The Muslim Satyashodhak Mandal believed that the sanctimonious people from all major religions in India have escaped from accepting modern secularism in its truest sense and have resorted to a fraudulent term called ‘Sarvadharma samabhav’.
In order to explain the true nature of communalism in India, Hamid Dalwai – a Marathi social reformer drew a parallel between India and Europe in his book Rashtriya Ekatmata ani Bharatiya Musalman. He takes us back to the times when Arabs invaded Europe through Gibraltar in A.D 711. Arabs reached Tours (France) by A.D 732, in 21 years. After reaching Tours they steadily met with defeat and their campaign lost its steam. The Christians initiated a pushback, however, this process of winning back – Reconquista, took a long time. This process was over with the fall of Granada in 1492. This process of the Arab invasion and the Christian Reconquista indicates a complete cycle in the medieval history of Europe. The accounts of these invasions, conversions and even Christian inquisitions are well documented by European scholars.
Hamid Dalwai argued that a similar process started in India when Mohammad Kasim invaded Sindh in A.D. 711. Interestingly enough, according to Dalwai, India’s communal problems exist because the aforesaid cycle that occurred in Europe did not take its full course in India. Therefore, a sense of disappointment engulfed the radical sections of the Muslim community for they couldn’t fully Islamize India and because they had to lose the power to the British. On the other hand, many Hindus regret their inability to salvage the situation the way Christians successfully did in Spain. (Dalwai, 2012, p. 26) Hindus not only couldn’t turn the tide but they also had to settle with a partition. In Dalwai’s words, ‘India couldn’t become Spain but she did not become Afghanistan either’. The historic conflict has led us to deadlock and the inability to resolve it has been a characteristic of late 19th and early 20th century India. This communal deadlock has also shaped the politics, history and geography of modern India and has left deep impressions on the thought processes of the two major communities in the subcontinent.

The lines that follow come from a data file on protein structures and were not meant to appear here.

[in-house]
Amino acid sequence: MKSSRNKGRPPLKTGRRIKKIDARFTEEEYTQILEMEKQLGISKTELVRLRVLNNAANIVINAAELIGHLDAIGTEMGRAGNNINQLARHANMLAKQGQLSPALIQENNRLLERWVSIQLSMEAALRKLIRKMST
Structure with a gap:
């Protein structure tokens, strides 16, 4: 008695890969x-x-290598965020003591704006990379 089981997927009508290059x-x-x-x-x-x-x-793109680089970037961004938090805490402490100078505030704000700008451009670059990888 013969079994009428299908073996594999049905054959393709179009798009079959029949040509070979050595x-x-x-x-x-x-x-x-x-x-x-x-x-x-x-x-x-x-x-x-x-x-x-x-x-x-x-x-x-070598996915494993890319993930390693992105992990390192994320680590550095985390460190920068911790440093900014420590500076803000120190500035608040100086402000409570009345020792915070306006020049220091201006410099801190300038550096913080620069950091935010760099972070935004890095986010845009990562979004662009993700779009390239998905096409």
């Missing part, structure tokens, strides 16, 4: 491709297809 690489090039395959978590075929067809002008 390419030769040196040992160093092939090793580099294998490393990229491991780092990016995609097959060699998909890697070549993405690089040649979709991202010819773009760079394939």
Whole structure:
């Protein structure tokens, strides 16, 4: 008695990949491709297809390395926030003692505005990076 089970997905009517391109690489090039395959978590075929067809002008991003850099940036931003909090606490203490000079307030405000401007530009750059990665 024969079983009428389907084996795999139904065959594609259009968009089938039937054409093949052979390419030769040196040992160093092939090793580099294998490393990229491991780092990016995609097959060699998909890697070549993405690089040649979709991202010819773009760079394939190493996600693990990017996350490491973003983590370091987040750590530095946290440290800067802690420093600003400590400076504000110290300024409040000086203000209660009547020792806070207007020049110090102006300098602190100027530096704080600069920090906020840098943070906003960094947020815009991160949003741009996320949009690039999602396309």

Indian Muslims after Independence
The partition of India rendered the Muslims in India politically more vulnerable. (Kazi, 1996) In the face of uncertainty and insecurity, Indian Muslims responded in two major ways. Some traditionalists looked at the modern Indian Constitution as a Mahida between Hindus and Muslims. Mahida refers to the contract that extended concessions to the religious minorities in the form of religious liberties and guarantees of non-intervention on the part of the state. But Dalwai argued that the same section that demanded religious autonomy also demanded government jobs in proportion to their numerical strength. (Dalwai, Swatantryottar Kalatil Muslim Rajakaran, 1996) This philosophy was dependent on a two-fold strategy of stating equal claims on national resources and at the same time refuting the superiority of political authority of the state over the religious authority. Unfortunately, the prime political parties in India exploited the insecurities and flirted with these retrograde sections.
On the other hand, there were social reformers like Dalwai and progressive organizations like the Muslim Satyashodhak Mandal (henceforth Mandal) who could see the regressive nature of the demands of the orthodoxy. They envisaged a truly secular nationalism based on equality. Therefore, the Mandal took an unequivocal stance against the demands for religious autonomy which they thought were akin to the Muslim League’s demands before independence.